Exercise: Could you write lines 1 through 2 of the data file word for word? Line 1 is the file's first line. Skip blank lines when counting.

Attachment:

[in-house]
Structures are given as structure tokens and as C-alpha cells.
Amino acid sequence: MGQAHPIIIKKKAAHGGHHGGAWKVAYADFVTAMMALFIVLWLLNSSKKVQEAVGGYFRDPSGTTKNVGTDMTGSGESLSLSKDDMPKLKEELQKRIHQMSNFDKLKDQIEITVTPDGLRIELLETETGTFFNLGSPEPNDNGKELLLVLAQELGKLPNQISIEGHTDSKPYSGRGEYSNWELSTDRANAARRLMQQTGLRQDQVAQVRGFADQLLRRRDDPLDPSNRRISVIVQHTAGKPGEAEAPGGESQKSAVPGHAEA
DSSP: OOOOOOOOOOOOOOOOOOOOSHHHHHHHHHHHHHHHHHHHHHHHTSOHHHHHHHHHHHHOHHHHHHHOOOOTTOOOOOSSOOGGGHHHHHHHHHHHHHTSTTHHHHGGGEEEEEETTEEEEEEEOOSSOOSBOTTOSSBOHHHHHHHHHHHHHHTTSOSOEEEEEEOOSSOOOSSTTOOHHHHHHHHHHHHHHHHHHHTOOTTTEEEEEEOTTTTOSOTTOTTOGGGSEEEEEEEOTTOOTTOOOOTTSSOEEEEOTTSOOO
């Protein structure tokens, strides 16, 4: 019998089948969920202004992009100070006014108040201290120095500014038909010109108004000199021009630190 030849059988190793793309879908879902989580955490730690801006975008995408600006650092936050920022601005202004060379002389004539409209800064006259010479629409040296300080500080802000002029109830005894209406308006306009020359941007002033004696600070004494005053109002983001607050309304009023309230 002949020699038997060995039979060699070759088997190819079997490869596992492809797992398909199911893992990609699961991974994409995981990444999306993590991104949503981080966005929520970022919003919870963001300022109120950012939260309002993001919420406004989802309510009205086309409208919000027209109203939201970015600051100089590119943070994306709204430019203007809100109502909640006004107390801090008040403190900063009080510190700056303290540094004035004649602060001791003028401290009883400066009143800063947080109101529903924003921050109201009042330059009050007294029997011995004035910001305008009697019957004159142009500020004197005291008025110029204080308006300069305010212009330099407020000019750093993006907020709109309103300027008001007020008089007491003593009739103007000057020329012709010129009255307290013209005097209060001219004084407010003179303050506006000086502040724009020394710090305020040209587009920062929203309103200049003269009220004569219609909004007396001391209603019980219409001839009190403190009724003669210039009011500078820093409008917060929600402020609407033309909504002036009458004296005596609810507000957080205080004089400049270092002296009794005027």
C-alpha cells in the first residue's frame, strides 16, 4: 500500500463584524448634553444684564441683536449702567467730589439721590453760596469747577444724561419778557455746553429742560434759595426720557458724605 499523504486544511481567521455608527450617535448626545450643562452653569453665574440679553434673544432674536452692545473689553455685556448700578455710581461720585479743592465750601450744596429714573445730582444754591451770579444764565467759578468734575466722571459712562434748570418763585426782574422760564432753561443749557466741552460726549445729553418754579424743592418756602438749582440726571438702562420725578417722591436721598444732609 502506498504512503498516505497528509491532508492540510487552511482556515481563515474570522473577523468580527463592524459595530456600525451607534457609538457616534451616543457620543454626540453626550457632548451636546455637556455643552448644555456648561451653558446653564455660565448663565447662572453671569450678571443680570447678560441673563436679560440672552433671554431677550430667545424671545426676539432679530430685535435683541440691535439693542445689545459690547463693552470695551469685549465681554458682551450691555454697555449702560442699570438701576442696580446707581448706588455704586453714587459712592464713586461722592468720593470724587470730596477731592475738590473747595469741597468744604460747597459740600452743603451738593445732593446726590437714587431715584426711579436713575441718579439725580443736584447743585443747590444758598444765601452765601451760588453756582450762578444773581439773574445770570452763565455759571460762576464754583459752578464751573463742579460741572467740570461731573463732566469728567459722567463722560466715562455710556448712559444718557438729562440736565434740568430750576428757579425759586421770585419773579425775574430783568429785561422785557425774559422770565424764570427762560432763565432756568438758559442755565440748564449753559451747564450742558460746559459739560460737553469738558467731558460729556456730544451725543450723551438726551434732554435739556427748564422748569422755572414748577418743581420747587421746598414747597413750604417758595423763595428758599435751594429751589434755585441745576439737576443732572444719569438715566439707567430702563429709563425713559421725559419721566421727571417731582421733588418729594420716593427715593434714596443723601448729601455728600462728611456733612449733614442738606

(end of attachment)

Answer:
[in-house]
Structures are given as structure tokens and as C-alpha cells.